Taking sides with patients using institutional ethnography
Cupit C., Rankin J., Armstrong N.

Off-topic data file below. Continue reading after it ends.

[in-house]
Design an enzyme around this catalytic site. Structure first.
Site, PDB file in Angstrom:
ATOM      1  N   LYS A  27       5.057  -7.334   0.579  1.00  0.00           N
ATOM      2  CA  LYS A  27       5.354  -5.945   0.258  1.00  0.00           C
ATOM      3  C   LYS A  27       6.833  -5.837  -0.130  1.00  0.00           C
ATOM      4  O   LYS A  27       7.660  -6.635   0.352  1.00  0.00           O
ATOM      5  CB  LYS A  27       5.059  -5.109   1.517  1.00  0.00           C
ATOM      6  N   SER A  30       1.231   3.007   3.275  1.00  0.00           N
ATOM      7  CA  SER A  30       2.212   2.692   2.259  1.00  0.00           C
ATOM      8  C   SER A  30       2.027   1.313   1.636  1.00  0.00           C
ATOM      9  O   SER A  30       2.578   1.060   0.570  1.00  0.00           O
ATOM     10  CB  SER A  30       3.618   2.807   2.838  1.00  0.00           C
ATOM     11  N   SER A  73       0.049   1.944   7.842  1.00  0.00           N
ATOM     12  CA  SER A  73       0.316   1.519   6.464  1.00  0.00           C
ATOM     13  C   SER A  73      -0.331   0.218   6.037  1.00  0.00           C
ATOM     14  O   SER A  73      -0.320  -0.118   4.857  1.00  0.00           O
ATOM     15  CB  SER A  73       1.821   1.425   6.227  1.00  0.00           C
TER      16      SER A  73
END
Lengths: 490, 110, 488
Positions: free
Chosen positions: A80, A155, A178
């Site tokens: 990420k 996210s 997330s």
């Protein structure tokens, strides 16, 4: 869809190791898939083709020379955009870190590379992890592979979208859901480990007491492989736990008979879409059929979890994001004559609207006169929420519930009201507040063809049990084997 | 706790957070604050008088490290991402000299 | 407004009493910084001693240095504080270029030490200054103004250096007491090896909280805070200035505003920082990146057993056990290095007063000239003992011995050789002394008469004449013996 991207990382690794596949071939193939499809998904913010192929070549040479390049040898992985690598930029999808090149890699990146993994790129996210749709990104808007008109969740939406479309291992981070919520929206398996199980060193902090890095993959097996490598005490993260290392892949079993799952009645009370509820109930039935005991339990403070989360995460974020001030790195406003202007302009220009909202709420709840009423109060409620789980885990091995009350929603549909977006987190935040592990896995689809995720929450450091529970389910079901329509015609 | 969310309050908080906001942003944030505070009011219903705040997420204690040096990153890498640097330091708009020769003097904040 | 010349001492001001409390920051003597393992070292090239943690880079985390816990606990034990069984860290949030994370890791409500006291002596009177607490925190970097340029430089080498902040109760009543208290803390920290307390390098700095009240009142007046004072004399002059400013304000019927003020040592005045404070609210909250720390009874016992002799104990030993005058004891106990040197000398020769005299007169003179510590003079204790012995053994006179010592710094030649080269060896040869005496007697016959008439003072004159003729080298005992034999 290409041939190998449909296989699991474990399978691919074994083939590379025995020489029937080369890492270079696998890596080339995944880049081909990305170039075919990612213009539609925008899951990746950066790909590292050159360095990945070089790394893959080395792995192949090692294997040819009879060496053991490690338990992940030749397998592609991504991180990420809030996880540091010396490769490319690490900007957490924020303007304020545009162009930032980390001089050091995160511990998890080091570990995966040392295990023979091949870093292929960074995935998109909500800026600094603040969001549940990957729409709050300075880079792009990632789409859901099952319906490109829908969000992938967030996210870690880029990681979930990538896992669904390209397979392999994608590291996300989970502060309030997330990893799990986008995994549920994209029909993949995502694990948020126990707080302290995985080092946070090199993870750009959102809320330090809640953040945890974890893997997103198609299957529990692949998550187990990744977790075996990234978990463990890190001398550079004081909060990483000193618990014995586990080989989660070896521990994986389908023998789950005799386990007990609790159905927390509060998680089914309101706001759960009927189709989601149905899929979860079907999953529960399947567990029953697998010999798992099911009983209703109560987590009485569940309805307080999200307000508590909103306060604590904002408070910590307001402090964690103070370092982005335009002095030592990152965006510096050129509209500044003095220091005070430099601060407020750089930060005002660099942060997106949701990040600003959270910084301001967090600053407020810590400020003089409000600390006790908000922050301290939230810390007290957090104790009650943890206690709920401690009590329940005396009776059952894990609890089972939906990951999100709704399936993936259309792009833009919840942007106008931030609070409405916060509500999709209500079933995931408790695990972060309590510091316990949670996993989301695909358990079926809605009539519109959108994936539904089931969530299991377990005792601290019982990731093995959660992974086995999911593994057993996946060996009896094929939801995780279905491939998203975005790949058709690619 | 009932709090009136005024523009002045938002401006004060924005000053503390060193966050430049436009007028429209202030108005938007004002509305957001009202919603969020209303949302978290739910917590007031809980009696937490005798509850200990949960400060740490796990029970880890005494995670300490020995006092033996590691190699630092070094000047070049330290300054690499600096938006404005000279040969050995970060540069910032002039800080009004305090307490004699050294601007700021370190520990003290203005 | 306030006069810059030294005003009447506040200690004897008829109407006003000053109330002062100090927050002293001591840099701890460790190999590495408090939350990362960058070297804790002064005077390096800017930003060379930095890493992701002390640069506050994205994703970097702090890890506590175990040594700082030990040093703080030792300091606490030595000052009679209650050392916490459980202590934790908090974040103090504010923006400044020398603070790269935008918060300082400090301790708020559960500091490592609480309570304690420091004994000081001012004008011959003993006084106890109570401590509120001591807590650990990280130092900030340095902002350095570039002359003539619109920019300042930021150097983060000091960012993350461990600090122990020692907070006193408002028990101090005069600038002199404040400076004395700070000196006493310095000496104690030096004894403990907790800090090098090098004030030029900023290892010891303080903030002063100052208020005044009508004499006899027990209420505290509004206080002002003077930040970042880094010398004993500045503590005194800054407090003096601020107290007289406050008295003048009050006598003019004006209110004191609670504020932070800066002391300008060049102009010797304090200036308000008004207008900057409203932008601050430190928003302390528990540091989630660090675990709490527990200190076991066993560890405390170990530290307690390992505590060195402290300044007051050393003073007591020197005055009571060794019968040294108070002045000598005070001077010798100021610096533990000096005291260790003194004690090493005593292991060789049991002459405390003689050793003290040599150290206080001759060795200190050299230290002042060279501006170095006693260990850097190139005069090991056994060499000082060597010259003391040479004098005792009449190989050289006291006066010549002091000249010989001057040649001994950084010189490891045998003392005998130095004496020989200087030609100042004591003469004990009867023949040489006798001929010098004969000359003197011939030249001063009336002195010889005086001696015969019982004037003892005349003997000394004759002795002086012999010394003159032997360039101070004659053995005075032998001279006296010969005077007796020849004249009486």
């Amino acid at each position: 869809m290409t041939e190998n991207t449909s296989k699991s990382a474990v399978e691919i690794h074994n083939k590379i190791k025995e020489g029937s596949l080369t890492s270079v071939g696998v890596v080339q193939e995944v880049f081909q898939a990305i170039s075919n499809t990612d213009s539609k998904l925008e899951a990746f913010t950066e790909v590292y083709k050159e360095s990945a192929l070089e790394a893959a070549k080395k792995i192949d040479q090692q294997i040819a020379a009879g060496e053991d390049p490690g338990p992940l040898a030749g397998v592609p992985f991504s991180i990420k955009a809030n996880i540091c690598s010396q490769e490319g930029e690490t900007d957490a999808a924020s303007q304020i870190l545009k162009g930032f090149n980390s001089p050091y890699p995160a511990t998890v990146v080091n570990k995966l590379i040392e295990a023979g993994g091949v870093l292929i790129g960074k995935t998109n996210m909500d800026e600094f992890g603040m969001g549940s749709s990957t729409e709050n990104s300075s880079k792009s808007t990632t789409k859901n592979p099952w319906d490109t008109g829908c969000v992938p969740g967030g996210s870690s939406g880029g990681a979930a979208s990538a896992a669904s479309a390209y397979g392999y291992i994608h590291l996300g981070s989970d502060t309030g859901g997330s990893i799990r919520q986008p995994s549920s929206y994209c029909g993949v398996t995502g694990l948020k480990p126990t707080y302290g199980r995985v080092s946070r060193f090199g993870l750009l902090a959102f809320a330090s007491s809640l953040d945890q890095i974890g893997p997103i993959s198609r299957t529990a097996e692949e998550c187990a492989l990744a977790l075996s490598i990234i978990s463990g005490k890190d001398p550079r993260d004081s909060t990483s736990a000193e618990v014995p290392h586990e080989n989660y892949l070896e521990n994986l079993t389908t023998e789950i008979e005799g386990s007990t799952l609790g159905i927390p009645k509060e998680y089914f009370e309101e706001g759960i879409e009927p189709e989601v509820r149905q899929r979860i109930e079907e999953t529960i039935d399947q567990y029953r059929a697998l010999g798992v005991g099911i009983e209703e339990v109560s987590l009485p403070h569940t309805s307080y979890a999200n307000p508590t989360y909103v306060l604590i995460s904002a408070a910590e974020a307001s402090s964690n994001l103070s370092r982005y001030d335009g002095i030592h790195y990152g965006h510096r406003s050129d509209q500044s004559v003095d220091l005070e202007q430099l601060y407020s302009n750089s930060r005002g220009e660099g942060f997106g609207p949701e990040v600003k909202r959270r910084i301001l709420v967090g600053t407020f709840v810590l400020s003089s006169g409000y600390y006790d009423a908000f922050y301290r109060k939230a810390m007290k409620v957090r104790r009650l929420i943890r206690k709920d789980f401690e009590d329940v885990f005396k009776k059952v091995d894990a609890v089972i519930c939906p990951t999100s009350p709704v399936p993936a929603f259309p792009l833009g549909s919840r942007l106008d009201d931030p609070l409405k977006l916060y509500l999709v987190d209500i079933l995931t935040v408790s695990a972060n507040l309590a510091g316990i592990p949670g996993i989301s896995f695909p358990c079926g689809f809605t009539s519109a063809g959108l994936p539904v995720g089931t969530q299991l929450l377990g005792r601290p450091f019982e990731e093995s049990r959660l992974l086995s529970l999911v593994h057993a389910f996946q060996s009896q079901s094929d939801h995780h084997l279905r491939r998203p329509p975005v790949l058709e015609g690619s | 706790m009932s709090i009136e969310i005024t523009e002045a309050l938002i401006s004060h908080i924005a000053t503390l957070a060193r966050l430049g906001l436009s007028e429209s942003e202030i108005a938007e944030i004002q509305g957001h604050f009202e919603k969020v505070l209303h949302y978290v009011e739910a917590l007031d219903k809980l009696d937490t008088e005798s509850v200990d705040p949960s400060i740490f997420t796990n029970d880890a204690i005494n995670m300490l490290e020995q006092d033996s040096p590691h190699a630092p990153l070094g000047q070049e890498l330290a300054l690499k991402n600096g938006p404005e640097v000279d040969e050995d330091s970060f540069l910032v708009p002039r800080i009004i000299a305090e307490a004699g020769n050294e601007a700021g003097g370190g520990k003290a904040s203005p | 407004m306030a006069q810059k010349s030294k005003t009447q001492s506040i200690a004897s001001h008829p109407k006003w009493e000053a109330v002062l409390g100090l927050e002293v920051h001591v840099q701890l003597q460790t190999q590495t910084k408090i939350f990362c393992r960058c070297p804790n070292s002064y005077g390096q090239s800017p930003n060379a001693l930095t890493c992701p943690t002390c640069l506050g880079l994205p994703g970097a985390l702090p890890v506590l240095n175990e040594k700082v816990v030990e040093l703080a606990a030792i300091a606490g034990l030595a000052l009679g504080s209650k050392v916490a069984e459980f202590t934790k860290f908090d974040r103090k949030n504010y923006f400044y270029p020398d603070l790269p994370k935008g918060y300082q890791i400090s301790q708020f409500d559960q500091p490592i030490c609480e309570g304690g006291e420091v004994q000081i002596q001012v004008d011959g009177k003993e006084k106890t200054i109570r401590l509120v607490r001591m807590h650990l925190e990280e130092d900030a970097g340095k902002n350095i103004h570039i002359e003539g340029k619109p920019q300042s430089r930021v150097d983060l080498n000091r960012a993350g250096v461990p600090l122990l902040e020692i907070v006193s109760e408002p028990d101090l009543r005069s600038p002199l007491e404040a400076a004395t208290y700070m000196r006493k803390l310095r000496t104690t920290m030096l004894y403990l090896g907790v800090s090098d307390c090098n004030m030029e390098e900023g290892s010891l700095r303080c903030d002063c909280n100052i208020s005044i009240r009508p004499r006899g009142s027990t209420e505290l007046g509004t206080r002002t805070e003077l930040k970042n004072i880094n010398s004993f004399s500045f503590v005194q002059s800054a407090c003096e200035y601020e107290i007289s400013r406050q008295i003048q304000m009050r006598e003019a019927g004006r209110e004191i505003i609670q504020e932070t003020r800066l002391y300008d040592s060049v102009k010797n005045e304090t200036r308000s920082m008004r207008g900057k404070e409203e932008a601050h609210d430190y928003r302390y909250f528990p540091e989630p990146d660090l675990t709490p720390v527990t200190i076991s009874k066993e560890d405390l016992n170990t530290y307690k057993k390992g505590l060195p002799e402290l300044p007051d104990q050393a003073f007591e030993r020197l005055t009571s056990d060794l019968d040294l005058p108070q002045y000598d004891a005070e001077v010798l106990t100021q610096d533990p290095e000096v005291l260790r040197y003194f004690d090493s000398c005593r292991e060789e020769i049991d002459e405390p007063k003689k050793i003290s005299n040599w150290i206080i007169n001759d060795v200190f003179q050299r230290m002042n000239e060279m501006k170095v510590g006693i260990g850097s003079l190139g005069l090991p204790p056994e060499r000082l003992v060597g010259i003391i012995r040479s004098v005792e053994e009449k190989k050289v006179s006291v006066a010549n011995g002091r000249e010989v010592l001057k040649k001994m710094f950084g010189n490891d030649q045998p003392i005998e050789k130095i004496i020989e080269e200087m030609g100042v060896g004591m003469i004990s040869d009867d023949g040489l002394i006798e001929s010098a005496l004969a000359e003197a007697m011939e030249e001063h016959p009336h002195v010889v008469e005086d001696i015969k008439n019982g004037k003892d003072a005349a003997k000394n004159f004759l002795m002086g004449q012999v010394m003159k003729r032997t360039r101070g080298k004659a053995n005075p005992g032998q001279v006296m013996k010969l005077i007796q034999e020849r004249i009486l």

Purpose: The main purpose of this paper is to document the first author's experience of using institutional ethnography (IE) to “take sides” in healthcare research. The authors illustrate the points with data and key findings from a study of cardiovascular disease prevention. Design/methodology/approach: The authors use Dorothy E Smith's IE approach, and particularly the theoretical tool of “standpoint”. Findings: Starting with the development of the study, the authors trouble the researcher's positionality, highlighting tensions between institutional knowledge of “prevention” and other locations where knowledge about patients' health needs materialises. The authors outline how IE's theoretically and methodologically integrated toolkit became a framework for “taking sides” with patients. They describe how the researcher used IE to take a standpoint and map institutional relations from that standpoint. They argue that IE enabled an innovative analysis but also reflect on the challenges of conducting an IE – the conceptual unpicking and (re)thinking, and demarcating boundaries of investigation within an expansive dataset. Originality/value: This paper illustrates IE's relevance for organisational ethnographers wishing to find a theoretically robust approach to taking sides, and suggests ways in which the IE approach might contribute to improving services, particularly healthcare. It provides an illustration of how taking a patient standpoint was accomplished in practice, and reflects on the challenges involved.